Fragment of A Ilha do Dotô Morô cover

A Ilha do Dotô Morô

A dark fantasy RPG adventure based on The Island of Dr. Moreau


August 2022


Comissioned by Ramon Mineiro, Através das Trevas' author


Me 😬


Writing, design & illustration.


Stranded on a mysterious island, the players have to find a way to escape the mad sorcerer's will and his grotesque creatures. I wrote and designed this H.G. Wells-based adventure for Através das Trevas crowdfunding.

An animal may be ferocious and cunning enough, but it takes a real man to tell a lie.

H.G. Wells - The Island of Dr. Moreau

I wrote this Role Playing Game adventure as extra material for the hit Brazilian crowdfunding "Através das Trevas" by Ramon Mineiro — the book hit almost 300% of its funding target.


A drawing of a ship in the sea with some rocks on the foreground

"A Ilha do Dotô Morô" is obviously based on the 1896 book "The Island of Doctor Moreau" by H.G. Wells, one of my favorites by him. The book tells the story of a mad scientist who modifies animals by vivisection — surgical intervention in living subjects — and creates hybrid human-and-animal beings.

The book had several film adaptations, the first in 1913 and the last (for now) in 1996. This latter version, starred by Val Kilmer and Marlon Brando, is the big inspiration for the adventure.

In the movie, the doctor modifies genomes instead of vivisection — as in the book. In my adventure, the doctor fiddles with magic, something deadly and maddening in the Através das Trevas universe, making this quasi-plagiarism even more bizarre, grotesque, and gory. It's fun for the whole family.

Interesting features


Instead of countless hours creating every monster the players could encounter, I did a very efficient anxiety helper called give this responsibility to someone else. With the help of a table, the DM and the players can create any kind of crazy mix of animals just by rolling the dice. The table can even be used mid-game, so the DM can give the responsibility to the players. Lazy people, unite!

With a die for each characteristic — head, shoulders, knees & toes — the players could meet a creature with a leopard head, bear claws, and dog feet — dark-seeing, claw-striking, fast-running — and decide on the spot if they would be friends or not.

A table for creature-creation


The game has no clear path set for the players — they can visit whichever area and decide which mystery to solve whenever they want. Depending on their will, they can try to flee or even make friends with the villain. There's a handy map (drawn by me!) to help the DM and the players.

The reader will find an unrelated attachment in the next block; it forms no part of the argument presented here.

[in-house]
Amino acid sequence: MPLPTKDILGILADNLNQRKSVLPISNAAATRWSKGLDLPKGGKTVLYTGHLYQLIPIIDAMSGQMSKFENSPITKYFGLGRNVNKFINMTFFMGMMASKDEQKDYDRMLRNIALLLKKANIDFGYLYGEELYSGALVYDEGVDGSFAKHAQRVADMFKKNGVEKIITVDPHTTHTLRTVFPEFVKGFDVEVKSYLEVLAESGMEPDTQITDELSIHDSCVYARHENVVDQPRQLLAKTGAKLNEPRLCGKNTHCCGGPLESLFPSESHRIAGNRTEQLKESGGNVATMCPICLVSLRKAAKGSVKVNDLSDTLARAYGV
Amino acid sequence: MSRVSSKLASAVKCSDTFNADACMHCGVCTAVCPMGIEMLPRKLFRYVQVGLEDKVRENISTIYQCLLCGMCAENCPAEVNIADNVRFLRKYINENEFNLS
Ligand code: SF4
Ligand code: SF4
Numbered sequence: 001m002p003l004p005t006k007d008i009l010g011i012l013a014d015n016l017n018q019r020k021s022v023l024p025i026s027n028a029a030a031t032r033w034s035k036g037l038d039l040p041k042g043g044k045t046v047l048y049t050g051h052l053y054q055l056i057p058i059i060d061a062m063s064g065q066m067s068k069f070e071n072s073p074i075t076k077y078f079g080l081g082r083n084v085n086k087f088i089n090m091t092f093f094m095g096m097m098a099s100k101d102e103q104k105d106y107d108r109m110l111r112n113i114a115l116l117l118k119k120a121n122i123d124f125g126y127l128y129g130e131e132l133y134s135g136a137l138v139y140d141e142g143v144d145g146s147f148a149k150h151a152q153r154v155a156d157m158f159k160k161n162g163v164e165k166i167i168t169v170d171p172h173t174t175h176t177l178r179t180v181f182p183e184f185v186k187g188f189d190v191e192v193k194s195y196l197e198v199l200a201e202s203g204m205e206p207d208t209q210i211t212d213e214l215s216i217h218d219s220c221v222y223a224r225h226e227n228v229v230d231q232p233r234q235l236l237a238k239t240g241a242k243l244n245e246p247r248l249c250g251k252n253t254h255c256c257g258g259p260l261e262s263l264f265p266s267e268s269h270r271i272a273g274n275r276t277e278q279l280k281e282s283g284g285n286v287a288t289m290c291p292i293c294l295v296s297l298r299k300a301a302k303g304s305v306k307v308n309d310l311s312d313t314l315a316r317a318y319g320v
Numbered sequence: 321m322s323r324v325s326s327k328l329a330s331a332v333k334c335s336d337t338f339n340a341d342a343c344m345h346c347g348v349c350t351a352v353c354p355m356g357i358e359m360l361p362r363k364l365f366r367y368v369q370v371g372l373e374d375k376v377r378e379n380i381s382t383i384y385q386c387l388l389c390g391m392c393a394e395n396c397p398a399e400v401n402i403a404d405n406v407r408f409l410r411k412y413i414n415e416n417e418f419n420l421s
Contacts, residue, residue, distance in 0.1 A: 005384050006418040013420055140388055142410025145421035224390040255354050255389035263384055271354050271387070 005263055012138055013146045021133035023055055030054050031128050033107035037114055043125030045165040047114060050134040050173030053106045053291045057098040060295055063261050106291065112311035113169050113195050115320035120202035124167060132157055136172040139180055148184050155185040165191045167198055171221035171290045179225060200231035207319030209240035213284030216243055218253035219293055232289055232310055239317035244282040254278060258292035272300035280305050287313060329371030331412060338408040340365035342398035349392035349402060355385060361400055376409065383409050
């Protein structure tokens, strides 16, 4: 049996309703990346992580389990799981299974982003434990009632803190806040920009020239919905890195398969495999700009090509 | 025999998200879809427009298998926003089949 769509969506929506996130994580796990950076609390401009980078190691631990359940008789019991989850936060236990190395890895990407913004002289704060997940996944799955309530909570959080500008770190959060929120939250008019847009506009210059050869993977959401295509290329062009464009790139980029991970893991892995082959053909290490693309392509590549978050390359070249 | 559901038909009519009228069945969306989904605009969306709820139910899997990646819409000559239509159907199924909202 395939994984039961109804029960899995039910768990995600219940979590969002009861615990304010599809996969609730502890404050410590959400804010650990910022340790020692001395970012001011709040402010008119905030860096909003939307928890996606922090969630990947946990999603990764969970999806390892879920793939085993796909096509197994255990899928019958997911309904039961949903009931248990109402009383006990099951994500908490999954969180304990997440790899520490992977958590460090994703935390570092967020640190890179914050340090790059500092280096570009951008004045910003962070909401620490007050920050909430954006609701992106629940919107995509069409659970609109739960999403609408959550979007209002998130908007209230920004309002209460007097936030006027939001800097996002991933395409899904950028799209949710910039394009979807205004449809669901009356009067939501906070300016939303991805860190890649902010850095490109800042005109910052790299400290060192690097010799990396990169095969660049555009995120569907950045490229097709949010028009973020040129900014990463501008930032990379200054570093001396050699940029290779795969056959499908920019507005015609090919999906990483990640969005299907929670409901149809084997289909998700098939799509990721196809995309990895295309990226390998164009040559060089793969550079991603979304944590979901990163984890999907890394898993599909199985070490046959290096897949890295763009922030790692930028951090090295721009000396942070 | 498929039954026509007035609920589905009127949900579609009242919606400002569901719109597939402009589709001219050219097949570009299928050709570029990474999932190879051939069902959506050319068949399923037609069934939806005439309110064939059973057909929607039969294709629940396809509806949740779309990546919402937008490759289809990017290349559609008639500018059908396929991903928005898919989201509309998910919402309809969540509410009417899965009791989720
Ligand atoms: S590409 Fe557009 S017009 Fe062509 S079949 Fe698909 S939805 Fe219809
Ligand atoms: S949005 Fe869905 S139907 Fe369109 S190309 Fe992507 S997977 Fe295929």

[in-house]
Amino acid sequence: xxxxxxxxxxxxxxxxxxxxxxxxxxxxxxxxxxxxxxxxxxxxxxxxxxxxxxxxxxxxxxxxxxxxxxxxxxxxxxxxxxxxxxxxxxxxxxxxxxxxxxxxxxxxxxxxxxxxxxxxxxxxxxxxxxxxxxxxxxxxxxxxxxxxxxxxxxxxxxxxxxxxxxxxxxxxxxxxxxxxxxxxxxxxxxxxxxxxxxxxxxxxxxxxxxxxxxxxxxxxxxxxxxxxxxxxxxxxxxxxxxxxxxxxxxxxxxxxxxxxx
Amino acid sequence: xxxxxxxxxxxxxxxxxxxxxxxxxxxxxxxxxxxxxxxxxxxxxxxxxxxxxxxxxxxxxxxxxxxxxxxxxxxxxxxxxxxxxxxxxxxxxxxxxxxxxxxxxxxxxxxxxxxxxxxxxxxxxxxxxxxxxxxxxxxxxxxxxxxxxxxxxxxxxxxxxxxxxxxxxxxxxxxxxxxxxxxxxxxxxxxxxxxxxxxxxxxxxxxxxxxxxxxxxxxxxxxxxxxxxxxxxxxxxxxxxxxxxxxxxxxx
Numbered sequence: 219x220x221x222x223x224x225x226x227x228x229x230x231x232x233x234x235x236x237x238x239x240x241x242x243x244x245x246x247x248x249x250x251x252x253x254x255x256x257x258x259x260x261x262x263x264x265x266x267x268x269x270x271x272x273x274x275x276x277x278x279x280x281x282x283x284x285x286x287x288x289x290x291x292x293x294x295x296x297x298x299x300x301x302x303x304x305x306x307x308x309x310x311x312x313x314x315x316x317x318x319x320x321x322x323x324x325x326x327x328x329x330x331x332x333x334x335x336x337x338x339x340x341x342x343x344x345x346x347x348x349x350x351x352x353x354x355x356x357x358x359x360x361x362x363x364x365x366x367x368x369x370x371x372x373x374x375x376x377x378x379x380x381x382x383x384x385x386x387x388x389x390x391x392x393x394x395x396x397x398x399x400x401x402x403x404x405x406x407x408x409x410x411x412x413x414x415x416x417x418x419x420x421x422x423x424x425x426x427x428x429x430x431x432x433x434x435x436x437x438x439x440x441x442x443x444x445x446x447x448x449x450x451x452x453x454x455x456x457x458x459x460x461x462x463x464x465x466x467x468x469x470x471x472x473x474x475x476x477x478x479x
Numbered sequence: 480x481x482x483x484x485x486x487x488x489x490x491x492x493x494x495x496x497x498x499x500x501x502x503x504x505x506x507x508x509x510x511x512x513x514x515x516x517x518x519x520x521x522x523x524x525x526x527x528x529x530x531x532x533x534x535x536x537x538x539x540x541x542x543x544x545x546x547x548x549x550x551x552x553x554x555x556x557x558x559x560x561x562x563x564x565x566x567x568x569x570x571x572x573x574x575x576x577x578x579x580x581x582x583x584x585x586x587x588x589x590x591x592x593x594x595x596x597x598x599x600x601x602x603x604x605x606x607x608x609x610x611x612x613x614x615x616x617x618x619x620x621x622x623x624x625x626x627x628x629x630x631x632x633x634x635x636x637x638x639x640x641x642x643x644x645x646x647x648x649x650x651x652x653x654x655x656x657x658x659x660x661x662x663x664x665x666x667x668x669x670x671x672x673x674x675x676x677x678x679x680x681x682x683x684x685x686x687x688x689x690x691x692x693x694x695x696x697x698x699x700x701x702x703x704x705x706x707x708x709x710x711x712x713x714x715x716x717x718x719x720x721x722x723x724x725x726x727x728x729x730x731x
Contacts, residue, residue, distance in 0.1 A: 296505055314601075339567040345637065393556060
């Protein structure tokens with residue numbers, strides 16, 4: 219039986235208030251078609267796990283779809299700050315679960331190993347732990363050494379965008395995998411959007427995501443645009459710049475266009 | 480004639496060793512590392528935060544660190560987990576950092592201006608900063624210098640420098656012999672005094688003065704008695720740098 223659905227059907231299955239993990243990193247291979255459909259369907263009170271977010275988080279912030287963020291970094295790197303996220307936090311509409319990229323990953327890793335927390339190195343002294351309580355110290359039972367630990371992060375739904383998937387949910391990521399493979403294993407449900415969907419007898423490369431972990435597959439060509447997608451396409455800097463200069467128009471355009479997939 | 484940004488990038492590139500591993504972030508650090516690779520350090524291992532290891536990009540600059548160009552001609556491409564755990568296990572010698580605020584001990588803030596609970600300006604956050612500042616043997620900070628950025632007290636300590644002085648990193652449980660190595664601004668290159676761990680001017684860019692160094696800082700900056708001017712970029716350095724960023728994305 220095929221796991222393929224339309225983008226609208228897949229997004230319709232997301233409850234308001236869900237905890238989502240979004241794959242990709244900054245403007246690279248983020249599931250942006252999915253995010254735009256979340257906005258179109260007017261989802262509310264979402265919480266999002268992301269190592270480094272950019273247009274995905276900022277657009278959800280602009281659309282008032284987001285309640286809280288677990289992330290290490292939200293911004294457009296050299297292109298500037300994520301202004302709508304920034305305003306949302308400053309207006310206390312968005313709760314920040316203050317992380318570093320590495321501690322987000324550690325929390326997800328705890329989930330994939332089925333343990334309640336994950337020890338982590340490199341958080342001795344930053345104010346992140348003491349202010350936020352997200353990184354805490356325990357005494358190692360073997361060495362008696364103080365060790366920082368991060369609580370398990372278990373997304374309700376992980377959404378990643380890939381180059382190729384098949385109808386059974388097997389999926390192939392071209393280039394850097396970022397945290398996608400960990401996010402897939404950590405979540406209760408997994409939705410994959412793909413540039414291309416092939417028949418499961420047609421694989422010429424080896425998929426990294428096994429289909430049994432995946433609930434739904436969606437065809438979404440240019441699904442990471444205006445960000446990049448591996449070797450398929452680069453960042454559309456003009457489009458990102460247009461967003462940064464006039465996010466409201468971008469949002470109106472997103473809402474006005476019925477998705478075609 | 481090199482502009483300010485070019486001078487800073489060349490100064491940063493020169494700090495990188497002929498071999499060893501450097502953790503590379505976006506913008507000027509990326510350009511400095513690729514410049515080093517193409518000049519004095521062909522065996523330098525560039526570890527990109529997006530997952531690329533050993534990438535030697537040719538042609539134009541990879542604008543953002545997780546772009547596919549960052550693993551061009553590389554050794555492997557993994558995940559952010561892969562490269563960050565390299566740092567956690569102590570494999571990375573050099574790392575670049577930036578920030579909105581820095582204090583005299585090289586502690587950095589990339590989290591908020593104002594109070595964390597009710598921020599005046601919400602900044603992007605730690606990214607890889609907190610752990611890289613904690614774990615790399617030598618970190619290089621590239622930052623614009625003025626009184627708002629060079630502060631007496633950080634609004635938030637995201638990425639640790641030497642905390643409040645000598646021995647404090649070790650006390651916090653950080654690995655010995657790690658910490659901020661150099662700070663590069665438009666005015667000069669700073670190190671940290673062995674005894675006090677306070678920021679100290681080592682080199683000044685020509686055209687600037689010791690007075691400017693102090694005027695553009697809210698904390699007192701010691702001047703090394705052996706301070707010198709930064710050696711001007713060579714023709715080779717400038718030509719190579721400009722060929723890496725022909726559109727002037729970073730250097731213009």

The map of the Dotô Morô island


Writing an RPG is hard, especially when you are not the one creating the rules — thanks, Ramon, for making such an easy rule system.

I didn't want to create a closed story for this adventure but let the players free to roam Morô's island and find out stuff themselves — decide who they would befriend or attack, which paths to choose and how to approach different situations.

Free will

With this sandbox setting in mind, I started by writing what kinds of characters I wanted the players to meet and which encounters they would have.

Then, I drew the map and defined the locations the players could visit. I'm not an illustrator, so the drawing by itself was a great experience. All the other illustrations in the book are in the public domain.

Another way

While drawing the map, I created a simple timeline of possibilities. The hardest part is knowing the players will betray the Dungeon Master and thread the unknown path, so I asked myself multiple times, "how to offer possibilities without spoiling the fun and without locking the players in a single path?"

I created a possibility/solution table in which I tried to fix the fixable. The rest — unpredictable and unwritten — is what makes RPGs fun, right?

A drawing of a three-eyed monster cooking meat in a fire

For instance, the players could try to leave the island anytime with a makeshift raft... unless there was a magic-induced constant rain that prevented anyone from leaving the island. This feature even added to the mystery of "why haven't any of these creatures fled this awful place?"

Another possibility would involve players not even wanting to go near the mage — the one responsible for all the weirdness on the island, rain included. I didn't entirely solve this by giving them a clear alternative but chose to offer more reasons for them to defeat the mage. Instead of mechanics, I chose emotions.

All these solutions became interesting puzzles and encounters with hostile and friendly humans and/or creatures. I also ensured the DM knew they had complete control of the adventure and could change the rules as they wished.

Buy it now

The adventure is available here, in Brazilian Portuguese.

Contact me anytime